error_log /var/log/nginx/nextcloud.error;

    location = /robots.txt {
        allow all;
        log_not_found off;
        access_log off;
    }

    # The following 2 rules are only needed for the user_webfinger app.
    # Uncomment it if you're planning to use this app.
    #rewrite ^/.well-known/host-meta /public.php?service=host-meta last;
    #rewrite ^/.well-known/host-meta.json /public.php?service=host-meta-json
    # last;

    location = /.well-known/carddav {
        return 301 $scheme://$host/remote.php/dav;
    }
    location = /.well-known/caldav {
       return 301 $scheme://$host/remote.php/dav;
    }

    location ~ /.well-known/acme-challenge {
      allow all;
    }

    # set max upload size
    client_max_body_size 512M;
    fastcgi_buffers 64 4K;

    # Disable gzip to avoid the removal of the ETag header
    gzip off;

    # Uncomment if your server is build with the ngx_pagespeed module
    # This module is currently not supported.
    #pagespeed off;

    error_page 403 /core/templates/403.php;
    error_page 404 /core/templates/404.php;

    location / {
       rewrite ^ /index.php$uri;
    }

    location ~ ^/(?:build|tests|config|lib|3rdparty|templates|data)/ {
       deny all;
    }
    location ~ ^/(?:\.|autotest|occ|issue|indie|db_|console) {
       deny all;
     }

    location ~ ^/(?:index|remote|public|cron|core/ajax/update|status|ocs/v[12]|updater/.+|ocs-provider/.+|core/templates/40[34])\.php(?:$|/) {
       include fastcgi_params;
       fastcgi_split_path_info ^(.+\.php)(/.*)$;
       fastcgi_param SCRIPT_FILENAME $document_root$fastcgi_script_name;
       fastcgi_param PATH_INFO $fastcgi_path_info;
       #Avoid sending the security headers twice
       fastcgi_param modHeadersAvailable true;
       fastcgi_param front_controller_active true;
       fastcgi_pass unix:/run/php-fpm/www.sock;
       fastcgi_intercept_errors on;
       fastcgi_request_buffering off;
    }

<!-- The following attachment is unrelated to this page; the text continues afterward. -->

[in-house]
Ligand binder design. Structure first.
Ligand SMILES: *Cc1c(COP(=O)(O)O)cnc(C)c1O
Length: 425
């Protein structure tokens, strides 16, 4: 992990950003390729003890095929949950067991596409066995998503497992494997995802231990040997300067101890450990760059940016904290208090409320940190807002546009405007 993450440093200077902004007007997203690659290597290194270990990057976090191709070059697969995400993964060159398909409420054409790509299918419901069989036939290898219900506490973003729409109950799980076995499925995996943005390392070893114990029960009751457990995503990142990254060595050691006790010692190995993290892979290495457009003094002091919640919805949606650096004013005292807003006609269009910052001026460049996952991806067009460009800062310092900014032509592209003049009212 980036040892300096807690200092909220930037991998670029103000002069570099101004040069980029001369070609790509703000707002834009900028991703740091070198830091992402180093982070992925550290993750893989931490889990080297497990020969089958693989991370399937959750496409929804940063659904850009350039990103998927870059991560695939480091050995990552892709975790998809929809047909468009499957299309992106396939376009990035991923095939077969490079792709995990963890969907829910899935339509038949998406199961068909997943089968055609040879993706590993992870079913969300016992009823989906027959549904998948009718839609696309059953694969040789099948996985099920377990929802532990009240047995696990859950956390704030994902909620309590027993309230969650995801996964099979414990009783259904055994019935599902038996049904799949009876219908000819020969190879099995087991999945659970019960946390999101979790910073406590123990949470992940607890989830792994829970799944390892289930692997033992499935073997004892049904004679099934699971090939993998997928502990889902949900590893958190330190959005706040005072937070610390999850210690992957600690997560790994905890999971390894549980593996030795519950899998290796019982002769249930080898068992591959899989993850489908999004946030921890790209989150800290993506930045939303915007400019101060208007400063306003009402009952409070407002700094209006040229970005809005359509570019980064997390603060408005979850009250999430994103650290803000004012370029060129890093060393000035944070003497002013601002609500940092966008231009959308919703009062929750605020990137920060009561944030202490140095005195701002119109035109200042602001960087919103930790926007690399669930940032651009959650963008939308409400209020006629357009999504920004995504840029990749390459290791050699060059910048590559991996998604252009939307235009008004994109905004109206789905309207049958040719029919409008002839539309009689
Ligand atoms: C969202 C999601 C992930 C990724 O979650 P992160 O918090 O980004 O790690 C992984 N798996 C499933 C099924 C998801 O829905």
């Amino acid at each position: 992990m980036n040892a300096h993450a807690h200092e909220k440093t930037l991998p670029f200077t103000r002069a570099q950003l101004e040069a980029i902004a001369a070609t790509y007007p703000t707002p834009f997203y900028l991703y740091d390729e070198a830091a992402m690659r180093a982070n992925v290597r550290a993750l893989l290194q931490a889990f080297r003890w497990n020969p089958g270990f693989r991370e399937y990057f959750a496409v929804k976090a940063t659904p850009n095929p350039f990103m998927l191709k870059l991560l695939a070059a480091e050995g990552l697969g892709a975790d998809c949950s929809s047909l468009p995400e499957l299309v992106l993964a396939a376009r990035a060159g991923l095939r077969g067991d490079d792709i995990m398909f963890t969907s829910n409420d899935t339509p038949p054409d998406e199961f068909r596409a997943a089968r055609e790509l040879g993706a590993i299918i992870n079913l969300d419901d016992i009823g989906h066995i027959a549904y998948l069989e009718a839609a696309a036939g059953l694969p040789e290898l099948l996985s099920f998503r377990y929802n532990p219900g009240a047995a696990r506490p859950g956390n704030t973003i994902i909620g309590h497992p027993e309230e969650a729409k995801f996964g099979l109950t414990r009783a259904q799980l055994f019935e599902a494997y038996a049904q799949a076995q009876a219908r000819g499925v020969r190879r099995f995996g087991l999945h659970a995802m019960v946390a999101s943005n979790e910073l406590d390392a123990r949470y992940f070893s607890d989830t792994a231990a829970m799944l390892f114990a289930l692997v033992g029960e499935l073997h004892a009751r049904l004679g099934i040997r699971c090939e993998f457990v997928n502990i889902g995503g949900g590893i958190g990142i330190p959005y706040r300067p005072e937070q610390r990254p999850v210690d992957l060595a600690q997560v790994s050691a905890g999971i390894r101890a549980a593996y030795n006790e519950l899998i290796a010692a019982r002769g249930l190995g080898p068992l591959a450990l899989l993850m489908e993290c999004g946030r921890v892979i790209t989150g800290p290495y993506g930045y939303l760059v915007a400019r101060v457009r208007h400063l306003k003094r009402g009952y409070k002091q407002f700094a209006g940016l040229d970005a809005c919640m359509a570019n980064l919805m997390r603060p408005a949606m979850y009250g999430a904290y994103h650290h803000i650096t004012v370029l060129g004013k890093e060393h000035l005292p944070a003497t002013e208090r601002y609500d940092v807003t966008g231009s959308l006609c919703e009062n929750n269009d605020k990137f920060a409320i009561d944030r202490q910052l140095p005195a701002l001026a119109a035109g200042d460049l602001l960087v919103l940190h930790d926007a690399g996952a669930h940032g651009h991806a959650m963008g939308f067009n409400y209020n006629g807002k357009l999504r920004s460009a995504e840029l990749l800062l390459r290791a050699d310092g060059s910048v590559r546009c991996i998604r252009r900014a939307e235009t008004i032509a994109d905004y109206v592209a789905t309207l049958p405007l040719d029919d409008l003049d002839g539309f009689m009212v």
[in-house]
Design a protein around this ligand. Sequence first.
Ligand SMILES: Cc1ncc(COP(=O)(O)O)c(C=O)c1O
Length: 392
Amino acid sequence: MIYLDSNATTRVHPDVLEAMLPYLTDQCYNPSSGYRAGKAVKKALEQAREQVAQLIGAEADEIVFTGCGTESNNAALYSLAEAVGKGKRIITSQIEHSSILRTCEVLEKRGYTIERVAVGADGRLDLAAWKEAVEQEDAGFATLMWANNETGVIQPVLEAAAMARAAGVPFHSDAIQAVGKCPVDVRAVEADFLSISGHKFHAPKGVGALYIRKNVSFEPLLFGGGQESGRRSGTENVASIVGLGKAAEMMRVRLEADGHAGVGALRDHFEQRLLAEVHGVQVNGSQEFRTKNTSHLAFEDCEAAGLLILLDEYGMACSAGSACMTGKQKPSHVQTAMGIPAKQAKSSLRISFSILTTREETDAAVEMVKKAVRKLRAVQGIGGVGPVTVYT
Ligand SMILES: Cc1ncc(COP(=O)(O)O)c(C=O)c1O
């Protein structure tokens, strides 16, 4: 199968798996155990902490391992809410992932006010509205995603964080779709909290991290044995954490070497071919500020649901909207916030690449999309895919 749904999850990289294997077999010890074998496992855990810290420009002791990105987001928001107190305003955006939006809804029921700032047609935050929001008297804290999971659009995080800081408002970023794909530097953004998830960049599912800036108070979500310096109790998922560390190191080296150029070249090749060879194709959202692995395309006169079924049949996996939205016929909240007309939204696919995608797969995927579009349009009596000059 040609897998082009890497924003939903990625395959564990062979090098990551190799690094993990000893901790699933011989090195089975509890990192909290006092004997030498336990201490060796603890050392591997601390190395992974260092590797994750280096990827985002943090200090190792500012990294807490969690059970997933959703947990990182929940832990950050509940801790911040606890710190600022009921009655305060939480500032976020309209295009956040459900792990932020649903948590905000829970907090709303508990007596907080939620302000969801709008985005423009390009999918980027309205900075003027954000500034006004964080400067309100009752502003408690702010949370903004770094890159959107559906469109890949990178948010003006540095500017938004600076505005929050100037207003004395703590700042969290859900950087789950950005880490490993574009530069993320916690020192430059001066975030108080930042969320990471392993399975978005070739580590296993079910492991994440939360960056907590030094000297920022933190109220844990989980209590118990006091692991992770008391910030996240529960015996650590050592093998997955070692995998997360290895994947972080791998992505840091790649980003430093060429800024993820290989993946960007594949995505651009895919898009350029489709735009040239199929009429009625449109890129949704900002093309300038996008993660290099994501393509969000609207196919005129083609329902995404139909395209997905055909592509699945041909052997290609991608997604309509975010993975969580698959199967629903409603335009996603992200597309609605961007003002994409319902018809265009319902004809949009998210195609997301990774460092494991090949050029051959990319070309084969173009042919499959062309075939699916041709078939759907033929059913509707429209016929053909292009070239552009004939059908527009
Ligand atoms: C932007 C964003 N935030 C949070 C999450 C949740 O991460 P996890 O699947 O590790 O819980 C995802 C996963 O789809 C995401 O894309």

location ~ ^/(?:updater|ocs-provider)(?:$|/) {
       try_files $uri/ =404;
       index index.php;
    }

    # Adding the cache control header for js and css files
    # Make sure it is BELOW the PHP block
    location ~* \.(?:css|js)$ {
        try_files $uri /index.php$uri$is_args$args;
        add_header Cache-Control "public, max-age=7200";
        # Add headers to serve security related headers (It is intended to
        # have those duplicated to the ones above)
        add_header X-Content-Type-Options nosniff;
        add_header X-XSS-Protection "1; mode=block";
        add_header X-Robots-Tag none;
        add_header X-Download-Options noopen;
        add_header X-Permitted-Cross-Domain-Policies none;
        # Optional: Don't log access to assets
        access_log off;
   }

   location ~* \.(?:svg|gif|png|html|ttf|woff|ico|jpg|jpeg)$ {
        try_files $uri /index.php$uri$is_args$args;
        # Optional: Don't log access to other assets
        access_log off;
   }
}

In nano text editor, press Ctrl+O to save the file. Then press Enter to confirm. Press Ctrl+X to exit. Then test Nginx configuration.

nginx -t

If the test is successful, reload Nginx for the changes to take effect.

systemctl reload nginx

Step 4: Install and Enable PHP Modules

Run the following commands to install PHP modules required or recommended by NextCloud.

yum install php-common php-gd php-json php-curl php-zip php-xml php-mbstring php-bz2 php-intl

We also need to tell SELinux (Security Enhenced Linux) to allow PHP-FPM to use execmem.

setsebool -P httpd_execmem 1

Then reload PHP-FPM

systemctl reload php-fpm

Step 5: Setting up Permissions

First, tell SELinux allow Nginx and PHP-FPM to read and write to the /usr/share/nginx/nextcloud/ directory.

chcon -t httpd_sys_rw_content_t /usr/share/nginx/nextcloud/ -R

By default, SELinux forbids Nginx to make network requests to other servers, but later Nginx needs to request TLS certificate status from Let’s Encrypt CA server, so we need to tell SELinux to allow Nginx with the following command.

setsebool -P httpd_can_network_connect 1

By default, there are 3 files in /var/lib/php/ directory whose group owner are set to apache, but we are using Nginx. So we need to give the nginx user permissions to read and write to the 3 directories with setfacl.

setfacl -R -m u:nginx:rwx /var/lib/php/opcache/
setfacl -R -m u:nginx:rwx /var/lib/php/session/
setfacl -R -m u:nginx:rwx /var/lib/php/wsdlcache/

Step 6: Enable HTTPS

Now you can access the Nextcloud web install wizard in your browser by entering the domain name for your Nextcloud installation.

nextcloud.your-domain.com

nextcloud centos 8

If the web page can’t load, you probably need to open port 80 in firewall.

firewall-cmd --permanent --zone=public --add-service=http

And port 443 as well.

firewall-cmd --permanent --zone=public --add-service=https

The --permanent option will make this firewall rule persistent across system reboots. Next, reload the firewall daemon for the change to take effect.